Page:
Five years ago, when Eric Ries was working on the book that would become his best-selling entrepreneurship manifesto “The Lean Startup,” he floated a provocative idea in the epilogue: Someone should build a new, “long-term” stock exchange. Its reforms, he wrote, would amend the frantic quarterly cycle to encourage investors and companies to make better decisions for the years ahead.
When he showed a draft around, many readers gave him the same piece of advice: Kill that crazy part about the exchange. “It ruined my credibility for everything that had come before,” Ries said he was told.
Now Ries is laying the groundwork to prove his early skeptics wrong. To bring the Long-Term Stock Exchange to life, he’s assembled a team of about 20 engineers, finance executives and attorneys and raised a seed round from more than 30 investors, including venture capitalist Marc Andreessen; technology evangelist Tim O’Reilly; and Aneesh Chopra, the former chief technology officer of the United States.
Ries has started early discussions with the U.S. Securities and Exchange Commission, but launching the LTSE could take several years. Wannabe exchanges typically go through months of informal talks with the SEC before filing a draft application, which LTSE plans to do this year. Regulators can then take months to decide whether to approve or delay applications.
If all goes according to plan, the LTSE could be the stock exchange that fixes what Ries sees as the plague of today’s public markets: short-term thinking that squashes rational economic decisions. It’s the same stigma that’s driving more of Silicon Valley’s multi-billion-dollar unicorn startups to say they’re not even thinking of an IPO. “Everyone’s being told, ‘Don’t go public,’” Ries said. “The most common conventional wisdom now is that going public will mean the end of your ability to innovate.”
To Ries, 37, the public markets encourage self-destructive behavior, and he sees their dynamics as one reason why the number of U.S. public companies has fallen by half since its peak in 1996. Once companies go public, employees “are on Yahoo Finance every day, and it’s palpable how much that is affecting the decision-making of ordinary managers,” he says.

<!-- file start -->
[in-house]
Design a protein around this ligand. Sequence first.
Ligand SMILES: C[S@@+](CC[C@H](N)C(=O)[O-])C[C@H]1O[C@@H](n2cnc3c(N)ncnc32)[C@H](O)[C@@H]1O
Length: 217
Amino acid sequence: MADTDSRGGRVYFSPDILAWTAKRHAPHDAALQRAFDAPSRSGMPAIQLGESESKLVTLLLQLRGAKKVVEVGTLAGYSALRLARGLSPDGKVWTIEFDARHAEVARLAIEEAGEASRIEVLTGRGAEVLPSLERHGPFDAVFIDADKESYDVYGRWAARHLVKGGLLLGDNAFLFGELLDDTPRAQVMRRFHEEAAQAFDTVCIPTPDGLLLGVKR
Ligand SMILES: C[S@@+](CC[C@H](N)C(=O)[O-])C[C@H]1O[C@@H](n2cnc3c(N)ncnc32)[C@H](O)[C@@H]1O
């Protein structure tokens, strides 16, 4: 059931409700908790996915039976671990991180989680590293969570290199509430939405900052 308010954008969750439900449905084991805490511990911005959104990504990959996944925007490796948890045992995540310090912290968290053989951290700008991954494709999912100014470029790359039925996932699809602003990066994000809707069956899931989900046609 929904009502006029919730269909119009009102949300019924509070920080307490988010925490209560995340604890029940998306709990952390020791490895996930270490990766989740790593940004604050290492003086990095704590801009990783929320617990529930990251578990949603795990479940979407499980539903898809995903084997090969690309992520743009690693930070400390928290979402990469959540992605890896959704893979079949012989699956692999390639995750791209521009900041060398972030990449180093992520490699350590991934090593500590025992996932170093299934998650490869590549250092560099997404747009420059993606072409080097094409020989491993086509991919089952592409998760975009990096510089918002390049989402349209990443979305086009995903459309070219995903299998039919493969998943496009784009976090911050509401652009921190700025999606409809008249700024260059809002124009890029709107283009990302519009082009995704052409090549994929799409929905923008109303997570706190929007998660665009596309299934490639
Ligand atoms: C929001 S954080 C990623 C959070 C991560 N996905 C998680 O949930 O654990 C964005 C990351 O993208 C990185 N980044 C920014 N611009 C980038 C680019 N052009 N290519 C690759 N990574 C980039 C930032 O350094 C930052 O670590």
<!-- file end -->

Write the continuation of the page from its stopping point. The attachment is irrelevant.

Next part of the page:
The problem begins with stock market investors who favor companies that show big increases in sales, profits, users, or other measures every quarter. When a company falls short, investors flee, and the stock plummets. Managers, hoping to avoid such jolts, spend too much time focusing on short-term performance. Ries said he’s heard the same story many times: halfway through a quarter, an executive realizes the company isn’t on track and starts slashing innovative projects to meet the targets.
Ries’s seminal book preached a fail-fast method of building startups where teams get a “minimum viable product” in front of customers as quickly as possible to avoid wasting time and effort. “The Lean Startup” made Ries, who previously worked as a software engineer at the failed virtual world maker There and as a cofounder of the more successful social network IMVU, a revered name among Silicon Valley entrepreneurs. While readers flocked to his startup lessons, no one picked up his stock market proposal — it was too polarizing.
When he decided to do it himself, he started talking to bankers, venture capitalists and regulators, who told him his idea was ridiculous. “People treated me like a barbarian,” he says. Undeterred, he spent three years recruiting a team and weighing different ideas, such as charging higher fees for short-term trades. Eventually, the LTSE settled on three reforms that address how executives are paid, how companies and investors share information and how investors vote.
A company that wants to list its stock on Ries’s exchange will have to choose from a menu of LTSE-approved compensation plans designed to make sure executive pay is not tied to short-term stock performance. Ries complains that it’s common to see CEOs or top management getting quarterly or annual bonuses tied to certain metrics like earnings per share, which pushes them to goose the numbers.